(No) Accounting for Taste: “Considering Little Fockers just beat out True Grit in the box office last weekend, it’s probably best that the American public isn’t the only curator of what national cinema gets preserved indefinitely.”—Ryan Little on this year’s crop of titles to be added to the National Film Registry. Films like the 1969 avant-garde piece Our Lady of the Sphere and Albert and David Maysles‘ brilliant 1976 documentary Grey Gardens probably didn’t get in solely on the popular vote, Little guesses. Airplane! leads the popular choices. A Zucker, Abrams, and Zucker spoof starring Leslie Nielsen is deemed historically significant? Yes, the National Film Preservation Board is serious, and don’t call me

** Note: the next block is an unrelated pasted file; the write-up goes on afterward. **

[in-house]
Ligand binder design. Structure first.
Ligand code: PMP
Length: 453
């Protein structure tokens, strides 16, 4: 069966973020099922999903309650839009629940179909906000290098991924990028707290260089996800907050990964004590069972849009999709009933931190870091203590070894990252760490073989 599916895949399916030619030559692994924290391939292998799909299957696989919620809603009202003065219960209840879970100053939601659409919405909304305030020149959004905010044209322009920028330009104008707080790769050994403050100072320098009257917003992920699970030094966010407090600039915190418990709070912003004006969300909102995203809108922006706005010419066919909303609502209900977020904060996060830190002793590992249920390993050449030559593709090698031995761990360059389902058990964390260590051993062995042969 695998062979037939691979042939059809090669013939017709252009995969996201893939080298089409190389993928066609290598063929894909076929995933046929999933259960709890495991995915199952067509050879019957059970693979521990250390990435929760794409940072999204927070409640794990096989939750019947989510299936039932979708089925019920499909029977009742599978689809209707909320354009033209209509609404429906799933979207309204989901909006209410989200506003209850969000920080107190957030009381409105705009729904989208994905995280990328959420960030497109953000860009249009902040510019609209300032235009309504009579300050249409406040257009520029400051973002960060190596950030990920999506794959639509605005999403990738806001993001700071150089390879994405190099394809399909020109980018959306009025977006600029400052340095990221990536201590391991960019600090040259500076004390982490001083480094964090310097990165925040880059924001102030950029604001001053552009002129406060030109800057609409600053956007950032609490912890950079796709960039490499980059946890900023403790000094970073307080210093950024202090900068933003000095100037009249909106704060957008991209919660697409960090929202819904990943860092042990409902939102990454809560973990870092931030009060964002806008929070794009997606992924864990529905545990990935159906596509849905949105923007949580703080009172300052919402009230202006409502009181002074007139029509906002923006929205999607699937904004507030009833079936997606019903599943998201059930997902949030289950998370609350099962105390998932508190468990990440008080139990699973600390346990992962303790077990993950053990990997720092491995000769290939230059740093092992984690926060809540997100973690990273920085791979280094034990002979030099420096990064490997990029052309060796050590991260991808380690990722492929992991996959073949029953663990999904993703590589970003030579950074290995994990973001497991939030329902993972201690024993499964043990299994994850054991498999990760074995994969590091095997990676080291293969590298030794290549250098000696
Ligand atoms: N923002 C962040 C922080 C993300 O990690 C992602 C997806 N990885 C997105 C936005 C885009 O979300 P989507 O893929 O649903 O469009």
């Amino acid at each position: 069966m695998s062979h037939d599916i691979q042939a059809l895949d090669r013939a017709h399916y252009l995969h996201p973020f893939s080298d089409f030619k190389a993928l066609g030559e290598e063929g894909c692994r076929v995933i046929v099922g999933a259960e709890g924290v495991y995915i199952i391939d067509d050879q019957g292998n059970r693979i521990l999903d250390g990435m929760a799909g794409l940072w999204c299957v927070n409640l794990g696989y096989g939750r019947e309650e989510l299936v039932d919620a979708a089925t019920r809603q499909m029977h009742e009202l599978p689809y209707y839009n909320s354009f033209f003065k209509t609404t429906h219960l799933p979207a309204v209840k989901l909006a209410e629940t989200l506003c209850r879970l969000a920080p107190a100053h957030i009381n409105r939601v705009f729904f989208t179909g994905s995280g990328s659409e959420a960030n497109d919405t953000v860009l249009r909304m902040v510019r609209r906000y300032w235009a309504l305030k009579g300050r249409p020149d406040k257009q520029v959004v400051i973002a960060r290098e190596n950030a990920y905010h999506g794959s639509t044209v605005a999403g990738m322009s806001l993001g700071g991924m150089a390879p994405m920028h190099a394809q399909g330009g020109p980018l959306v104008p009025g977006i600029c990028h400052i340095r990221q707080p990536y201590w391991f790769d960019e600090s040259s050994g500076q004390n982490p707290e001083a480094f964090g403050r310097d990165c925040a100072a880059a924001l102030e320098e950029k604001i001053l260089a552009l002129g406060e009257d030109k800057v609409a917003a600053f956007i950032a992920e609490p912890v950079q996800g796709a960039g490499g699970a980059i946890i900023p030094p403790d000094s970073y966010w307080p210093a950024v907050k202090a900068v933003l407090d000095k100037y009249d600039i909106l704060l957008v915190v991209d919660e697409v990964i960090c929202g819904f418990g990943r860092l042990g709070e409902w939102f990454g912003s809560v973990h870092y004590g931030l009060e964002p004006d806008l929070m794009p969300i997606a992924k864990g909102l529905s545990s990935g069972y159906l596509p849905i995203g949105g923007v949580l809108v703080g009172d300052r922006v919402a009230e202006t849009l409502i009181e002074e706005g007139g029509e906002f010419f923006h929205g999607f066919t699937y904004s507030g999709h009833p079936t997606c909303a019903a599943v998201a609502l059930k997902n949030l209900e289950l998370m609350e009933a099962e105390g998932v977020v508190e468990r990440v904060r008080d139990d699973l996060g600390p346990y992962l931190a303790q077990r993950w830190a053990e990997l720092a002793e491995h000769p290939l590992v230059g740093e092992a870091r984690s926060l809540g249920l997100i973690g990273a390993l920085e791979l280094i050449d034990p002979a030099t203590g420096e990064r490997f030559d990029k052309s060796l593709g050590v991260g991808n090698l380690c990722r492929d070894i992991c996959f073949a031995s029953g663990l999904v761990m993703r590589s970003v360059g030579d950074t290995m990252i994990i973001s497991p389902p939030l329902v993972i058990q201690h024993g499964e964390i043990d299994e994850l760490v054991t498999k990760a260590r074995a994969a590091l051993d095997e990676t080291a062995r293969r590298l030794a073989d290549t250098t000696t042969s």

Boldface Names Talking About Stuff They Liked, AKA Betsy’s Wheelhouse: “The avalanche of end-of-year culture retrospectives scrambles our circuits, so we asked 25 notable Washingtonians to winnow down the best-of pickings for us. Here are their top picks across arts and culture – everything from fine arts to festivals, movies to movements, hyperlocal to extra-global.”—WaPo‘s Jacqueline Trescott and Dan Zak asked 25 notable…well, you get the idea. Rapper Phil Ade cited U.S. Royalty‘s set at the Sweetlife Festival last April in Dupont Circle. (Ade and U.S. Royalty played the Rock ‘n’ Roll Hotel together during one of those unfortunately-nicknamed blizzards.) And Capital Fringe executive director Julianna Brienza had this to say about the recent goings-on at the National Portrait Gallery: “The banning of ‘A Fire in My Belly’…both fascinates me and terrifies me. The whole idea of censorship of art seems pre-Internet.”